Early on, we talked through ultimatums and compromises. I was finally honest about my goals, passions and past times. But, at the same time, I realized how many rules I had created around health. It wasn’t health.
This is where my true understanding of 80/20 began. Together, we identified habits, activities, and actions that we were both comfortable sustaining for a healthy relationship. Ones that didn’t require restriction and were based on healthy not aesthetics. Health isn’t just about what you put in your month!
A few team Stuart favorites
- joyful movement – ping-pong, tennis, NOT ice-skating, long walks with pup.
- limiting alcohol intake – we drink, and enjoy alcohol, but we have set limits to stay alert and clear and safe.
- routine grocery shopping – we share a shopping list and this helps me keep variety in our diet!
- home-cooked meals – the best 1:1 time, we add music and love trying to recipes (The Primal Gourmet is a favorite)
- adequate sleep & slow mornings
- intentionally dating – early in our marriage I would schedule time where we weren’t always with others in a group. Even now, we strive for once a month just 1:1.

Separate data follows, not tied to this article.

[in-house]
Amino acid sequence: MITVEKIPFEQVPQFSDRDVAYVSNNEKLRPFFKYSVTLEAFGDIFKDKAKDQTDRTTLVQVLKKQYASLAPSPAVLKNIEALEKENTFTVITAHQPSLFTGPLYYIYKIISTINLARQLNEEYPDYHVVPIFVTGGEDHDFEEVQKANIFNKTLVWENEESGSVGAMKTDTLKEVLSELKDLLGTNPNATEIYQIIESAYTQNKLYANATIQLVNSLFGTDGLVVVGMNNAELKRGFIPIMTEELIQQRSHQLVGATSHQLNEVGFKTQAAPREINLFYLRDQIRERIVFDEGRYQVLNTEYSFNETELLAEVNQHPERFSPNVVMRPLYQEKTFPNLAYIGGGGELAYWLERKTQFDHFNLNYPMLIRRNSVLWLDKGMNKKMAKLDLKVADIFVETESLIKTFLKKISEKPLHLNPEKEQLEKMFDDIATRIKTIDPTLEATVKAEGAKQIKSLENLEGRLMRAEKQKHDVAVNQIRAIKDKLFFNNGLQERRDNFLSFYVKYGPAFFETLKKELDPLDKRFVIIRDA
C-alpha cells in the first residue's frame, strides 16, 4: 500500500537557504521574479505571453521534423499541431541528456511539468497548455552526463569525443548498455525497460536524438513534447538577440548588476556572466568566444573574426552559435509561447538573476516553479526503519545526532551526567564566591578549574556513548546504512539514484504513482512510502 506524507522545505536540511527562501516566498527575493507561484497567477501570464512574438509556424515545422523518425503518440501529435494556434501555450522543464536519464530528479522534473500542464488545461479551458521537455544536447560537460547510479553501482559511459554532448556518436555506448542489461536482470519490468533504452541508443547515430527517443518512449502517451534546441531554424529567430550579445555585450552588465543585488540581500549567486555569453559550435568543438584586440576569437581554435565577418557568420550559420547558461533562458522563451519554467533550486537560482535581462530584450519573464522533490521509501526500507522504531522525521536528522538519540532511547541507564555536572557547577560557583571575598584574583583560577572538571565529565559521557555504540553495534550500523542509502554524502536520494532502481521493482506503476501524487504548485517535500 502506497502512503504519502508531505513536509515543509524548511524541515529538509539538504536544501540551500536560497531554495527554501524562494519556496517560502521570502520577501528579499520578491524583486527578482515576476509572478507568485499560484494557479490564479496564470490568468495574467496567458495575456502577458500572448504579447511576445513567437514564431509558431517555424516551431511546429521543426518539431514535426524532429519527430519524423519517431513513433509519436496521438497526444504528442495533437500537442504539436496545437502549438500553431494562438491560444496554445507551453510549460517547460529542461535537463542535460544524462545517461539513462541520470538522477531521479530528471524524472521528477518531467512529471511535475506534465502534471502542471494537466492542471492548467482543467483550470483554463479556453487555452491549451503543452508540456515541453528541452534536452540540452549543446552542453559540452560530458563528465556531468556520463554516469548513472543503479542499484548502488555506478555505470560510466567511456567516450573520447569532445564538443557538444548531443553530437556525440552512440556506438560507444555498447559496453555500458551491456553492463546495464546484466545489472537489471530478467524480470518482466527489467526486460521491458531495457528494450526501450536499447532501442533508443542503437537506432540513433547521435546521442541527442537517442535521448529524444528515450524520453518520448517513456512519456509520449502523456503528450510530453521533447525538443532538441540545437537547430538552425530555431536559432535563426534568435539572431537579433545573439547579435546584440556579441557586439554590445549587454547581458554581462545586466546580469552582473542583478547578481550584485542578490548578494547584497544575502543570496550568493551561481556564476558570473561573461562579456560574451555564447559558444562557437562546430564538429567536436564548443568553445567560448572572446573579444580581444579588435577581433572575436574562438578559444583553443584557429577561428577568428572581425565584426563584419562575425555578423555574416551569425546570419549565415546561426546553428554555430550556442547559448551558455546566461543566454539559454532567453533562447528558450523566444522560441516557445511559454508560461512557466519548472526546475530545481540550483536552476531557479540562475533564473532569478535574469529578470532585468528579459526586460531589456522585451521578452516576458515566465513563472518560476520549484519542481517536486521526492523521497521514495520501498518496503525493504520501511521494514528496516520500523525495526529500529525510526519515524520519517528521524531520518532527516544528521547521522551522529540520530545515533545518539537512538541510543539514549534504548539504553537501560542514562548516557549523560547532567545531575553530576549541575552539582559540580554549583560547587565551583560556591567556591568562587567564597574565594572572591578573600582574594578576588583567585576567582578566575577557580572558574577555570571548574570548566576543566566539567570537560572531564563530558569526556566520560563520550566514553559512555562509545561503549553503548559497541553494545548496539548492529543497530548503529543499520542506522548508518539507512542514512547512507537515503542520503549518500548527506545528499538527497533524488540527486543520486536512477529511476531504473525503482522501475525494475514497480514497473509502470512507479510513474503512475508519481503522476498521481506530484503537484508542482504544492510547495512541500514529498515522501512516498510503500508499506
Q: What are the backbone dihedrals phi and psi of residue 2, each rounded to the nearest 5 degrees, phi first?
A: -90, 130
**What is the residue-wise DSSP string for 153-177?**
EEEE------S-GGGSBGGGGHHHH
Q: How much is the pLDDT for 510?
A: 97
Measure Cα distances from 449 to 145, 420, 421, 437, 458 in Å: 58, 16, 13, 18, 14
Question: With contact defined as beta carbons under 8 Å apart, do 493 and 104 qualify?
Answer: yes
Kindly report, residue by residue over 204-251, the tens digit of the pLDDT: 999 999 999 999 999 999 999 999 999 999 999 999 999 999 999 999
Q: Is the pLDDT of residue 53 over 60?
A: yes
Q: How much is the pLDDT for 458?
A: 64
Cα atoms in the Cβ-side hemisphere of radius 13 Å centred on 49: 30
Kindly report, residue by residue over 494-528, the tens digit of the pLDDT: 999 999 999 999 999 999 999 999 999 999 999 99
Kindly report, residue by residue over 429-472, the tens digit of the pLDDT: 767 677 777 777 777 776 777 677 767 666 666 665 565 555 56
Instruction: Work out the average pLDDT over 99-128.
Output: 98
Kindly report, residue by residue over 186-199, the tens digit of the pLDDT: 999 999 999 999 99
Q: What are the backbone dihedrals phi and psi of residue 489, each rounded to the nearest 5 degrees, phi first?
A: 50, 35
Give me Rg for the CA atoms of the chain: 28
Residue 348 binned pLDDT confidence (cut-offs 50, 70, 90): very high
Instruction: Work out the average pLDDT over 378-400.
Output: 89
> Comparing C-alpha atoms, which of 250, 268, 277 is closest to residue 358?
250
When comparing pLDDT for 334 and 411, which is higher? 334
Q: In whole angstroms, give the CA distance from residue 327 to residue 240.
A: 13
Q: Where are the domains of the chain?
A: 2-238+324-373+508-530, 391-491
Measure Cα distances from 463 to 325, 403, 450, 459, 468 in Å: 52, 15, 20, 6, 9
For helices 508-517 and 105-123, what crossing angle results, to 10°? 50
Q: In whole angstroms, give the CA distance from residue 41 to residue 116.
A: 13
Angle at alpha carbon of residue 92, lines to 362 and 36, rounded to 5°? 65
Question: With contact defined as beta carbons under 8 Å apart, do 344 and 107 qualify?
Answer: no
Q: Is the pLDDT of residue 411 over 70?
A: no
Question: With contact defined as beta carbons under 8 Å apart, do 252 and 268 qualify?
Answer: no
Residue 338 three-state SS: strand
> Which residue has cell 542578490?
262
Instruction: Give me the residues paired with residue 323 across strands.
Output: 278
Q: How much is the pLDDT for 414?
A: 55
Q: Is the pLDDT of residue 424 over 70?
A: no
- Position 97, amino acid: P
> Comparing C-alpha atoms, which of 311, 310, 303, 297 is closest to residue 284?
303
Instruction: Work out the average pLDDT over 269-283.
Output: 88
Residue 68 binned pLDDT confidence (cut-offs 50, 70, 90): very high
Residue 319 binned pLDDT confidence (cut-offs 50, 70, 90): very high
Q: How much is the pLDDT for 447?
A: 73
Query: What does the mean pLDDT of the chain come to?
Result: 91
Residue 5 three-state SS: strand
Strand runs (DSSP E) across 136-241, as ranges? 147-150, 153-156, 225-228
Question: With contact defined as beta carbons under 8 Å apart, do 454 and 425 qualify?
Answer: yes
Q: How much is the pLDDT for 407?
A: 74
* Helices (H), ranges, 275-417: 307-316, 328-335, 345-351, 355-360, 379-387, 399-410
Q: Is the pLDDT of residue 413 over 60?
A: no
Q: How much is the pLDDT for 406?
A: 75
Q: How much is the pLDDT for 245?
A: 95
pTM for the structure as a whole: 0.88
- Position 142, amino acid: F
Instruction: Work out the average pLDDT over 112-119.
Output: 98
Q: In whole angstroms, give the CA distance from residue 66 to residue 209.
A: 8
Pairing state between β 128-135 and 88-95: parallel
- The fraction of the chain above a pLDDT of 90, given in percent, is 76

- a community, seeking wise counsel – we became members at a local church where we could be fed from others who were farther along in marriage and could be a sounding board when things get tough.
But back to food. What do we eat together?
Funnily enough, my Chef Boyardee- and Rotel-loving husband didn’t know how to boil rice let alone braise a pork loin in 2009. But, he was willing to grow with me and learn together! After dating a slew of body builders and burger mongers, this little quality made my heart soar. A man willing to learn and grow with me.